If you want to find a good read, go to a writing conference.
Writers, I have learned, are jittery about their own books. As often as not, we struggle to tell you what our books are about or why we fell in love with our own stories enough to spend days, months, and years writing them. But as soon as someone starts talking about books we love written by OTHER people, the conversation around the dinner table wakes up.
I keep a notebook or the Evernote app close by at writing events, so when the book lists start flying, I can write down all the titles and then later find my best reads of the year. Sometimes, these books are old treasures that I missed like Catherine Called Birdy and The Midwife’s Apprentice.
When these came out in the 1990s, I was busy with other life experiences like my time in Germany, so I missed Karen Cushman’s tales of the Middle Ages. I am grateful my writing friends paid attention back then.
Both of these middle grade works of historical fiction pulled me into the time period. I could tell that Catherine Called Birdy was Cushman’s first tale. The plot wandered a little in the weeds of history while The Midwife’s Apprentice felt tighter with a story line that wove through in a way that CCB sometimes did not. I see why it won the Newbery Medal.
But CCB, the Newbery Honor book, spoke to me this last week. In it, a girl struggled against her limiting circumstances and the arranged marriage awaiting her. I wanted her to be able to run away on a crusade, become a script-writing monk like her older brother, or even to be able to marry Perkins the goat herder.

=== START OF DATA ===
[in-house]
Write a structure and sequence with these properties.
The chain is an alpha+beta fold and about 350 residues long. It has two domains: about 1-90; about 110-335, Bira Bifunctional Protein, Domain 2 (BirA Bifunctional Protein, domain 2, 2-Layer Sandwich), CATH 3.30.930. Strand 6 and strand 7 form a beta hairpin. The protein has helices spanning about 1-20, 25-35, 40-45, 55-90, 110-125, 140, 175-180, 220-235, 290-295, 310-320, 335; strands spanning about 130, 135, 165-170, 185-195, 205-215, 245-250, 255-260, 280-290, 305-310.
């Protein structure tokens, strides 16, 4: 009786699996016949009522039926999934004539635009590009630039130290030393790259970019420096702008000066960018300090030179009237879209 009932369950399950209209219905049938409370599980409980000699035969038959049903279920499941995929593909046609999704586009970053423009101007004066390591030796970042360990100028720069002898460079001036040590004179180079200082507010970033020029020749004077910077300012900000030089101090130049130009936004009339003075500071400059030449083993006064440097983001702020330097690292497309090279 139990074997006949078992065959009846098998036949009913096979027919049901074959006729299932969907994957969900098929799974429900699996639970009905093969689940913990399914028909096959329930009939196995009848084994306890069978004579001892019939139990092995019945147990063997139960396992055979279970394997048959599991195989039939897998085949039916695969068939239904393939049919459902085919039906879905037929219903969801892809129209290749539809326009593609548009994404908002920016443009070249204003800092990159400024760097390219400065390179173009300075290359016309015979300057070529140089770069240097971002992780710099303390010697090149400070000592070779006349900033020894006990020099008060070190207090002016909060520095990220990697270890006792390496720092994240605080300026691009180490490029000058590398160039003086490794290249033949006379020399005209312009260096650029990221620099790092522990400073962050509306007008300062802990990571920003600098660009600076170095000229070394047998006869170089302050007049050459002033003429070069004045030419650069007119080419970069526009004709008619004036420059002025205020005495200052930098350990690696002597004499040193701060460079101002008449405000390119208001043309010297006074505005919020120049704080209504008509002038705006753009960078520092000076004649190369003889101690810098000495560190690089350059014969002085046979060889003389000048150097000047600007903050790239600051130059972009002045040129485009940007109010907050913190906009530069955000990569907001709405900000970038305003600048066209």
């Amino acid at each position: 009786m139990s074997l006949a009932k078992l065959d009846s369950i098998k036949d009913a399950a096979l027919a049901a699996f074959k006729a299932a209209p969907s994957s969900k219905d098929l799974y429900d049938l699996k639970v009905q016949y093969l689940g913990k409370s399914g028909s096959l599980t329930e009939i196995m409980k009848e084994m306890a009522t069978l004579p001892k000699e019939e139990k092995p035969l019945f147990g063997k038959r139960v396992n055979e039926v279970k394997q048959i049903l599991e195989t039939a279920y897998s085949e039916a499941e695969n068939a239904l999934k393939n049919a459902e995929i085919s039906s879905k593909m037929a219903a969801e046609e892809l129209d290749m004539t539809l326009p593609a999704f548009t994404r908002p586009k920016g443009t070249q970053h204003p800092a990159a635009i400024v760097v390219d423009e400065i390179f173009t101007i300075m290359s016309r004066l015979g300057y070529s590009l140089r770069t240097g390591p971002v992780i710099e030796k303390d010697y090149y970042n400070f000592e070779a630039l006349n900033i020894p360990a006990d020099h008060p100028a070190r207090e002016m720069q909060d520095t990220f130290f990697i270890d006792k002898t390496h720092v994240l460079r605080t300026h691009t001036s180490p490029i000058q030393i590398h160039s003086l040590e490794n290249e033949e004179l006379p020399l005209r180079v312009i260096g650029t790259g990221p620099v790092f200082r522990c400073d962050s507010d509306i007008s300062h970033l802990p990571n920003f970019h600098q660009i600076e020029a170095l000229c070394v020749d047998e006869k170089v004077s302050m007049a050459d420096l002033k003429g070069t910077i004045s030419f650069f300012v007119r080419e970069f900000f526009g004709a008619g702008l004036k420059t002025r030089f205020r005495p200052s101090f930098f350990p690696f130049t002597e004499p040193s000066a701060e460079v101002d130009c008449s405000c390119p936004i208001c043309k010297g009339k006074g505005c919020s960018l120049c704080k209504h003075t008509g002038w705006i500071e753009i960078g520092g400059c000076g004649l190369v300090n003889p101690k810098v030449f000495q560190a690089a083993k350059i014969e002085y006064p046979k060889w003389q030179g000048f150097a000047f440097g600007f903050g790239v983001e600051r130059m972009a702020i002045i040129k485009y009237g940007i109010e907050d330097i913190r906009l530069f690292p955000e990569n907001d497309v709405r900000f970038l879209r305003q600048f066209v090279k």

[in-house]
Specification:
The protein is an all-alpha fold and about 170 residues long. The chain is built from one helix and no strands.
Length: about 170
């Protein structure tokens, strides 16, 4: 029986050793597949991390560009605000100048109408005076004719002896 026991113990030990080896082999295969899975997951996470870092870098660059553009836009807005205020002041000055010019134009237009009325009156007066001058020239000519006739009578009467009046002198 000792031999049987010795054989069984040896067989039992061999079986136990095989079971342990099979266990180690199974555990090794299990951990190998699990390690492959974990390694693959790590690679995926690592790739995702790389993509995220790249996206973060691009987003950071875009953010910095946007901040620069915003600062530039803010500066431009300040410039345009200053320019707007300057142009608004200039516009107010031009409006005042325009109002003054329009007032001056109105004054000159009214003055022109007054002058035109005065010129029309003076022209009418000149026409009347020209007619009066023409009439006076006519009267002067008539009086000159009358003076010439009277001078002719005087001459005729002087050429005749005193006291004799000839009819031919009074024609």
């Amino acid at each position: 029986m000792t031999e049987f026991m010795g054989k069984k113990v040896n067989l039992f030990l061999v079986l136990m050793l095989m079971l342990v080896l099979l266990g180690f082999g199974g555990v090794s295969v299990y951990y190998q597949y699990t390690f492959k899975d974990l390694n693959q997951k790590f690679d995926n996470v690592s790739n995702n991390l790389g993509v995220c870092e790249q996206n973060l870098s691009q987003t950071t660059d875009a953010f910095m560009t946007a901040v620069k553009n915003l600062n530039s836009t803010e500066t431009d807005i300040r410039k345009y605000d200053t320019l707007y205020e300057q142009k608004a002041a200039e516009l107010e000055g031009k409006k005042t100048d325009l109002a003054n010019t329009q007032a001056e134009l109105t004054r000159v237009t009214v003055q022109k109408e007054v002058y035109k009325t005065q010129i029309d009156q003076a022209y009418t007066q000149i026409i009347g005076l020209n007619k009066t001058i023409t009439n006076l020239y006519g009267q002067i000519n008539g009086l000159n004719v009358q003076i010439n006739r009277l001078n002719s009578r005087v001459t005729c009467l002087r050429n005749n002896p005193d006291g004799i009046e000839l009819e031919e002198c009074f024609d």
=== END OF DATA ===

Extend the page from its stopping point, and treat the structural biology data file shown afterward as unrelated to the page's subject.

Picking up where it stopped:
Maybe as a young teen, I believed these as possible happy endings for a young lady like Catherine.
As a grown up, I recognize those as impossible options for a young woman living in the feudal society of the time.
In any case, I loved how Cushman brought Catherine to a realistic but hopeful resolution at the end. The character found peace and a way to stay true to herself by the end in spite of the oppressive rules of her society.
Many thanks once more to my writing friends for the joy of two good books, one after the other.
May you find your own selves in the midst of whatever lifts you up or holds you in place-
P.S. The biggest trouble with posting late comes when the next week swings around and you’ve already missed it. Getting behind on a weekly post is like waiting until the next night to do the dishes. It gets so much easier to let the pots and plates slide the night after when you’ve done the washing up before cooking and then face more washing up.
All of that is to say that I’ll get my wonders back on Wednesdays next week. Honest.